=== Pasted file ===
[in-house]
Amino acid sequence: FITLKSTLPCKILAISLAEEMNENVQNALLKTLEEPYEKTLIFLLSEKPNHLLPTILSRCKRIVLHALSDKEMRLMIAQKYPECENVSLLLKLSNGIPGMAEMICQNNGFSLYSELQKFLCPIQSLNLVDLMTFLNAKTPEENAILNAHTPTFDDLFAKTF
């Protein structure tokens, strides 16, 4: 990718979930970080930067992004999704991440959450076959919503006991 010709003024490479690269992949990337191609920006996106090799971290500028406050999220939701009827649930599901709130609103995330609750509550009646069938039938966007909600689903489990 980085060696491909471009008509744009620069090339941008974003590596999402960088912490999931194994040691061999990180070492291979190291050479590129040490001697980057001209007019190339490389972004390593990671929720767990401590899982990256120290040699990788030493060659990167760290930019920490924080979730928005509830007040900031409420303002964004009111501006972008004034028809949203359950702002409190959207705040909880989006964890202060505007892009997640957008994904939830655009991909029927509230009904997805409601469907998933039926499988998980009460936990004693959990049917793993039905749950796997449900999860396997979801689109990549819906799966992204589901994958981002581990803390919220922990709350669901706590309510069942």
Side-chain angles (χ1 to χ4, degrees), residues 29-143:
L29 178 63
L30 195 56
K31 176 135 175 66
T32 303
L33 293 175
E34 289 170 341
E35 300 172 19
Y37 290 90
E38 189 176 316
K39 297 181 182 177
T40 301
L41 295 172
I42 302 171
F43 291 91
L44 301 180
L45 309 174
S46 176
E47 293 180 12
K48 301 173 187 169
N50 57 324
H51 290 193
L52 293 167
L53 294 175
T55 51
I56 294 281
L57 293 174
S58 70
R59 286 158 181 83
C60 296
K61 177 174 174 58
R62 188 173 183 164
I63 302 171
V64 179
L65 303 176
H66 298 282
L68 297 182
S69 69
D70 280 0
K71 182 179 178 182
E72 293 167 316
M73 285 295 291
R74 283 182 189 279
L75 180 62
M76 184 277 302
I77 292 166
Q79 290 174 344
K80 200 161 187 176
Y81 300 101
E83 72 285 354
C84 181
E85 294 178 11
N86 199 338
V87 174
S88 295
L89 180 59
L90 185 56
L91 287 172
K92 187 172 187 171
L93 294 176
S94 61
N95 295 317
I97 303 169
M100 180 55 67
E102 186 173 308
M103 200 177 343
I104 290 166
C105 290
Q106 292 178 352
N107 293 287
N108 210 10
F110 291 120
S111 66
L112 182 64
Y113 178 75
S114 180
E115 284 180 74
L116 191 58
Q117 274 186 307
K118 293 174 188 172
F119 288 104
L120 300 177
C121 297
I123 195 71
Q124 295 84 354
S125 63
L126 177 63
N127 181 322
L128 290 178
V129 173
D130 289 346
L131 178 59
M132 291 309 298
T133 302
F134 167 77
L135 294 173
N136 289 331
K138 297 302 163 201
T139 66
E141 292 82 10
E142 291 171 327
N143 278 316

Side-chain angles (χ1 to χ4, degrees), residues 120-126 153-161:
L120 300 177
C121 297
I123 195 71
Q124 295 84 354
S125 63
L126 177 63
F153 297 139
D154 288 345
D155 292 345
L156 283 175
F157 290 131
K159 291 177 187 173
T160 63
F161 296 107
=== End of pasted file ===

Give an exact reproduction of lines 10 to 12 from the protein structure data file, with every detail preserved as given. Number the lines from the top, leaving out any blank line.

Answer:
E34 289 170 341
E35 300 172 19
Y37 290 90